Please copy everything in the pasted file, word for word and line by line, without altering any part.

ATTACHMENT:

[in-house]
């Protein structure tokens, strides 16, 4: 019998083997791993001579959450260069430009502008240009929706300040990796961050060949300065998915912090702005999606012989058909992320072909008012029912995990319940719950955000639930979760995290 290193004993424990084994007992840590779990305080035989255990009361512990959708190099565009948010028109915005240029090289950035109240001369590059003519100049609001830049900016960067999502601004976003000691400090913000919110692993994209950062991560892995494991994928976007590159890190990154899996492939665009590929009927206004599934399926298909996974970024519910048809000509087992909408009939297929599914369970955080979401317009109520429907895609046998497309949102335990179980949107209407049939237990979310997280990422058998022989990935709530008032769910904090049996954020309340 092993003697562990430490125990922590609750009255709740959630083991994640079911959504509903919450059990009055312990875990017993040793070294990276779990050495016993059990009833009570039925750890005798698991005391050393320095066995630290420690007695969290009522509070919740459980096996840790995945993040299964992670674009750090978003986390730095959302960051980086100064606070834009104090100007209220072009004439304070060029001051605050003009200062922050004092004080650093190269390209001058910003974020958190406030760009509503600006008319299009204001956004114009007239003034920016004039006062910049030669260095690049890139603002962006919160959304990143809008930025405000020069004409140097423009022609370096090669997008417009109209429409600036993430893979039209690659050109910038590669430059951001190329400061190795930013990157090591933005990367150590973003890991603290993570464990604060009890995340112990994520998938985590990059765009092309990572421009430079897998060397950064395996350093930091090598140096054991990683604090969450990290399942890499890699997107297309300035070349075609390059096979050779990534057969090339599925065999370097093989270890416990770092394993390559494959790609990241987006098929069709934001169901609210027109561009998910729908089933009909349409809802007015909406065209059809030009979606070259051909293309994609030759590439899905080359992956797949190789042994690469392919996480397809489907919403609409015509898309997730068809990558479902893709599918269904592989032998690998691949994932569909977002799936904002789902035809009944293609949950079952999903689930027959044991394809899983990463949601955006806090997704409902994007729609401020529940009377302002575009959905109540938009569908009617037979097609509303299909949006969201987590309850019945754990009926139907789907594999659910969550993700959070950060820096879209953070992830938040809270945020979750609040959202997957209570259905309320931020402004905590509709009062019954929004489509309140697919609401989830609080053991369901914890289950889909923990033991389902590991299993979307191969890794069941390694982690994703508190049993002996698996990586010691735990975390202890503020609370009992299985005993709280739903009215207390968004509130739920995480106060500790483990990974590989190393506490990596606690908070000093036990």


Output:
[in-house]
């Protein structure tokens, strides 16, 4: 019998083997791993001579959450260069430009502008240009929706300040990796961050060949300065998915912090702005999606012989058909992320072909008012029912995990319940719950955000639930979760995290 290193004993424990084994007992840590779990305080035989255990009361512990959708190099565009948010028109915005240029090289950035109240001369590059003519100049609001830049900016960067999502601004976003000691400090913000919110692993994209950062991560892995494991994928976007590159890190990154899996492939665009590929009927206004599934399926298909996974970024519910048809000509087992909408009939297929599914369970955080979401317009109520429907895609046998497309949102335990179980949107209407049939237990979310997280990422058998022989990935709530008032769910904090049996954020309340 092993003697562990430490125990922590609750009255709740959630083991994640079911959504509903919450059990009055312990875990017993040793070294990276779990050495016993059990009833009570039925750890005798698991005391050393320095066995630290420690007695969290009522509070919740459980096996840790995945993040299964992670674009750090978003986390730095959302960051980086100064606070834009104090100007209220072009004439304070060029001051605050003009200062922050004092004080650093190269390209001058910003974020958190406030760009509503600006008319299009204001956004114009007239003034920016004039006062910049030669260095690049890139603002962006919160959304990143809008930025405000020069004409140097423009022609370096090669997008417009109209429409600036993430893979039209690659050109910038590669430059951001190329400061190795930013990157090591933005990367150590973003890991603290993570464990604060009890995340112990994520998938985590990059765009092309990572421009430079897998060397950064395996350093930091090598140096054991990683604090969450990290399942890499890699997107297309300035070349075609390059096979050779990534057969090339599925065999370097093989270890416990770092394993390559494959790609990241987006098929069709934001169901609210027109561009998910729908089933009909349409809802007015909406065209059809030009979606070259051909293309994609030759590439899905080359992956797949190789042994690469392919996480397809489907919403609409015509898309997730068809990558479902893709599918269904592989032998690998691949994932569909977002799936904002789902035809009944293609949950079952999903689930027959044991394809899983990463949601955006806090997704409902994007729609401020529940009377302002575009959905109540938009569908009617037979097609509303299909949006969201987590309850019945754990009926139907789907594999659910969550993700959070950060820096879209953070992830938040809270945020979750609040959202997957209570259905309320931020402004905590509709009062019954929004489509309140697919609401989830609080053991369901914890289950889909923990033991389902590991299993979307191969890794069941390694982690994703508190049993002996698996990586010691735990975390202890503020609370009992299985005993709280739903009215207390968004509130739920995480106060500790483990990974590989190393506490990596606690908070000093036990």